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Ethical Issues Related to In-vitro Fertilization

Margaret Smith is a 60-year old healthy woman who has been married to her husband Frank for three years. They decided to try to conceive a child as this is the first marriage for both and they want kids. Both Margaret and Frank's parents lived healthy into their 90s. Margaret and Frank conceived through in-vitro fertilization after several attempts and spent a lot of money. For the first trimester of her pregnancy, she received daily injections to prevent miscarriage and was placed on bed rest for the final 4 months. She gave birth to healthy twin boys two months after her 61st birthday. Both Margaret and Frank took medical leave from their jobs?

What is your analysis of the various ethical considerations involved in this situation? How should the competing ethical considerations be resolved? Argue both sides of the issue, explicitly basing the arguments on ethical theories and/or principles. CITE SOURCES!!

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Margaret herself said, in a TV documentary, "I gave them life and I never heard of anyone who complained about that!" She used donor eggs of someone she knew and that was important to her. While she endured a lengthy bed-rest period, something compelled Margaret and her husband to do this procedure and it worked! She had to really want to do it, in order to endure the injections, costs and end-of-life care. Her twin boys are happy and well-loved with parents having plenty of life experience. A fertility doctor in India who serviced parents even older than Margaret and Frank says that older parents are more mature and ready for parenthood than younger parents, who are too busy and working. In the later case, it was critically important, culturally, to have a child and after many years of failure, they finally did, with much joy.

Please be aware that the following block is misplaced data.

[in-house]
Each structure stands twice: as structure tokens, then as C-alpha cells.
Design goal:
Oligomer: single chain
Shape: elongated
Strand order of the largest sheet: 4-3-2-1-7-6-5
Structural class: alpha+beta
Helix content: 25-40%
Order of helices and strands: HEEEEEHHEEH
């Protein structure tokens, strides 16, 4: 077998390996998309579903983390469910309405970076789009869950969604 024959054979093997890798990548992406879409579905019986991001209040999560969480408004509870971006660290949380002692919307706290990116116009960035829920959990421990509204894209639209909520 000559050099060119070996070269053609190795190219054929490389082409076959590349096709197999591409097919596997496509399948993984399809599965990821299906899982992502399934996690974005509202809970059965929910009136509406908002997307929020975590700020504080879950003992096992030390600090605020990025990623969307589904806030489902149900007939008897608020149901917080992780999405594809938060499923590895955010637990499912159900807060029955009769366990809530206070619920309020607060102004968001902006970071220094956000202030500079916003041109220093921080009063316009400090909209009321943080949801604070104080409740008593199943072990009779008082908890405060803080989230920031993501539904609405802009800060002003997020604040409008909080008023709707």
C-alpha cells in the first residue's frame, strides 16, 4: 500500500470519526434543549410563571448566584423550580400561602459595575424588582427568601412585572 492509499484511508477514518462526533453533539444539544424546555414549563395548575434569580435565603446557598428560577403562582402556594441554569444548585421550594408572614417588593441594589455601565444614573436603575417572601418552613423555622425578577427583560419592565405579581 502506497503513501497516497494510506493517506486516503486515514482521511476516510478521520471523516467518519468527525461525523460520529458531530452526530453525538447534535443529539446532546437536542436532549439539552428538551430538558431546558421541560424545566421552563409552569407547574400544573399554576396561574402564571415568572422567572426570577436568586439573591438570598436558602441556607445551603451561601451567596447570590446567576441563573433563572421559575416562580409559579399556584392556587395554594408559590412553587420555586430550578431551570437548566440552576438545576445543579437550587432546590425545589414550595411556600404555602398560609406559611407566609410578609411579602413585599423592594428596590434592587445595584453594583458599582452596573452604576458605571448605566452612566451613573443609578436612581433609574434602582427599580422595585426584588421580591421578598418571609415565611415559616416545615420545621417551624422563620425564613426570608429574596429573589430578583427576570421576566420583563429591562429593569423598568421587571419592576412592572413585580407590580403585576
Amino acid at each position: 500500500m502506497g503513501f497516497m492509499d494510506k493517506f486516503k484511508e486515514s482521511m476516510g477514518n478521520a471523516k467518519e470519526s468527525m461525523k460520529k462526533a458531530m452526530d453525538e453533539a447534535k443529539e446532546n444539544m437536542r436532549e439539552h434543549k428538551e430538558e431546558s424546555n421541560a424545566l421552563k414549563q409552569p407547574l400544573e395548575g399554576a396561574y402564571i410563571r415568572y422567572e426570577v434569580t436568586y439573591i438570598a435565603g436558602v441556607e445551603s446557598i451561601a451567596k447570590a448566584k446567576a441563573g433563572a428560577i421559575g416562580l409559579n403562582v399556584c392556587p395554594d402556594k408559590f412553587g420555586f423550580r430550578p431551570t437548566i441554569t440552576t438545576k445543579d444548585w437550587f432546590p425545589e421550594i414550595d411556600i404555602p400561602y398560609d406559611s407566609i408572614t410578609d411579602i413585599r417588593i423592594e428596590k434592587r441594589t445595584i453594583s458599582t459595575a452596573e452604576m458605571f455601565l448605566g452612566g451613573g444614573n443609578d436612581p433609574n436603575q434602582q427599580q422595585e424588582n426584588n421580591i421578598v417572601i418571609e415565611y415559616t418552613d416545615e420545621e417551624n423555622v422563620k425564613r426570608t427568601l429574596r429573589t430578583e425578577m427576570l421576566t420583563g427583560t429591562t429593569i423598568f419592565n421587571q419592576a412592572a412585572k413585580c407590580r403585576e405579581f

With this couple, having never married and with the resources to cover the expenses, they proceeded with a procedure that is available in this era. They don't live in China, where there once was an overpopulation but now, after many years of a one-child rule and preference to boys, there's a huge problem in that country with regards to the population growth.

Margaret had the freedom to do this and except for the traditional standards, which would criticize or ask a lot of questions, in many ways there is little wrong with what they have done. How much better or worse is it than the ...

Solution Summary

The real-life case of a 60 year old woman who has twins is discussed, along with the opinions of fertility doctors is discussed.